Gravitational waves are still a rather new discovery to most astronomers, so trying to understand them by studying computer models based off of what we already know has led to all sorts of even newer discoveries.
Image Credit: LIGO
Although gravitational waves were predicted in Einstein’s theory of relativity over a century ago, they hadn’t actually been observed until recently, when LIGO revealed they had captured evidence of gravitational waves.
They are exactly what they sound like: waves of gravity that occur from conflicting gravitational forces.
Gravitational waves occur when two extremely large and high-gravity objects slam into each other in space. Among some of the few the things that are likely to produce these cataclysms are collisions between supermassive black holes and collisions between galaxies.
But one thing recent computer models created by an international team of researchers from the University of Zurich are suggesting that we've been surprised by is the fact that gravitational waves can be produced far sooner than originally thought.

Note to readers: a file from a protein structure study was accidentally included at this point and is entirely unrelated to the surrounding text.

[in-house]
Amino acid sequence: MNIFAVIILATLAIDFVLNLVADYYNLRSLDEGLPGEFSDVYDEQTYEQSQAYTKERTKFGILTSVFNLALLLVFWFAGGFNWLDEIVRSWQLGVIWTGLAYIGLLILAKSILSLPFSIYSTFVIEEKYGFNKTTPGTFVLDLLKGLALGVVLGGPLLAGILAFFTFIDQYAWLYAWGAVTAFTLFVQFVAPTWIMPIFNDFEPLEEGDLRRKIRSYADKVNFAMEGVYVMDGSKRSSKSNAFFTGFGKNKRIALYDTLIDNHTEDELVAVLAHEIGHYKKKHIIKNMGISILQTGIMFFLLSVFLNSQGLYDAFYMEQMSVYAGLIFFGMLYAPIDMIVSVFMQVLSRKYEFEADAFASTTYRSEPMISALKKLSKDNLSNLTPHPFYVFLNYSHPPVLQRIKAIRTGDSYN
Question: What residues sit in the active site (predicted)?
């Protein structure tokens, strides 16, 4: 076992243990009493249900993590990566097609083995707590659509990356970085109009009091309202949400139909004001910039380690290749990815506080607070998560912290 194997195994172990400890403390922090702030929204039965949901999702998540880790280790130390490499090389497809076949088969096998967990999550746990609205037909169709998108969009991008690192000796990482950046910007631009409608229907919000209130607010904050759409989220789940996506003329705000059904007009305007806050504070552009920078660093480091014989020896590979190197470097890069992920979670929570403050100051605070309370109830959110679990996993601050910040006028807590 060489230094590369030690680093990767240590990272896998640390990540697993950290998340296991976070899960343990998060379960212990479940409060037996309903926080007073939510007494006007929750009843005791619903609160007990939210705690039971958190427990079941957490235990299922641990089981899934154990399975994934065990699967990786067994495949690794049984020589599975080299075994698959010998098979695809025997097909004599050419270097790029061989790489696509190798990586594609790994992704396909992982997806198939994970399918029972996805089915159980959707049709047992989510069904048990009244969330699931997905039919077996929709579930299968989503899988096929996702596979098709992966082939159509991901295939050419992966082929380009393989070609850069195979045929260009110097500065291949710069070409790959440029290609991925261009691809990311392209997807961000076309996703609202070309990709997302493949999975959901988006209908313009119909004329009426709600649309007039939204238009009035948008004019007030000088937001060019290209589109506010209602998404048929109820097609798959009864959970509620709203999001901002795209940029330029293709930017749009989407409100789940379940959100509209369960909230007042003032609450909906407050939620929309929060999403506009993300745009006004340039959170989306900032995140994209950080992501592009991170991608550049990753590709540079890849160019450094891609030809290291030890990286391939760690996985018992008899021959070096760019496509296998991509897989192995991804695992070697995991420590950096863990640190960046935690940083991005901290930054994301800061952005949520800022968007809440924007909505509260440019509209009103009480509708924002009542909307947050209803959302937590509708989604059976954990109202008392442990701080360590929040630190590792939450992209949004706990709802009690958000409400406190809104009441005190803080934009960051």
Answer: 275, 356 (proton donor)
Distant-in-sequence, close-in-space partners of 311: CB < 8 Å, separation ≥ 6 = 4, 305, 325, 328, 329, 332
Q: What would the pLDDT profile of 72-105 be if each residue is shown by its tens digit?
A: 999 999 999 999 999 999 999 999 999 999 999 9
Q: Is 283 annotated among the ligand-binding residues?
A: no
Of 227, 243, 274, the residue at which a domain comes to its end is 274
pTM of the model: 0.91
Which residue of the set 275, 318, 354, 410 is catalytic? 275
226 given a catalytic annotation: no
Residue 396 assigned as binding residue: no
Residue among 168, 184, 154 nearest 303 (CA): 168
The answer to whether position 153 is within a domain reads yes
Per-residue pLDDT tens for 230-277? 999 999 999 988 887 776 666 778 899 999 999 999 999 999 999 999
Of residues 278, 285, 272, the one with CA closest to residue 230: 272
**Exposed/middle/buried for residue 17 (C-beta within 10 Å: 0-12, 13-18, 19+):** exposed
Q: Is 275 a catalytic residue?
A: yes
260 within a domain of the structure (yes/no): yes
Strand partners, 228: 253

In fact, perhaps as soon as 10 million years following the merging of two galaxies, the first gravitational waves may be produced. This is up to 100 times sooner than we originally thought based off of the original discovery of gravitational waves. Their findings have been published in The Astrophysical Journal.
“The result is surprising,” Lucio Mayer from the Institute for Computational Science of the University of Zurich said. “The merging of the two black holes already triggered the first gravitational waves after 10 million years – around 100 times faster than previously assumed.”
With the uncovering that gravitational waves can occur far sooner than originally thought, the misunderstandings surrounding these incredibly complex bouts of nature are slowly coming into focus. The more we know about them, the better we can predict their existence and try to observe them in space.
Understanding gravitational waves and how they’re made is an important step in understanding how the universe was formed. Without a doubt, galaxies and supermassive black holes have been slamming into each other far before humans even walked the Earth, in fact, it’s probably been happening since the birth of the universe as we know it.
Source: University of Zurich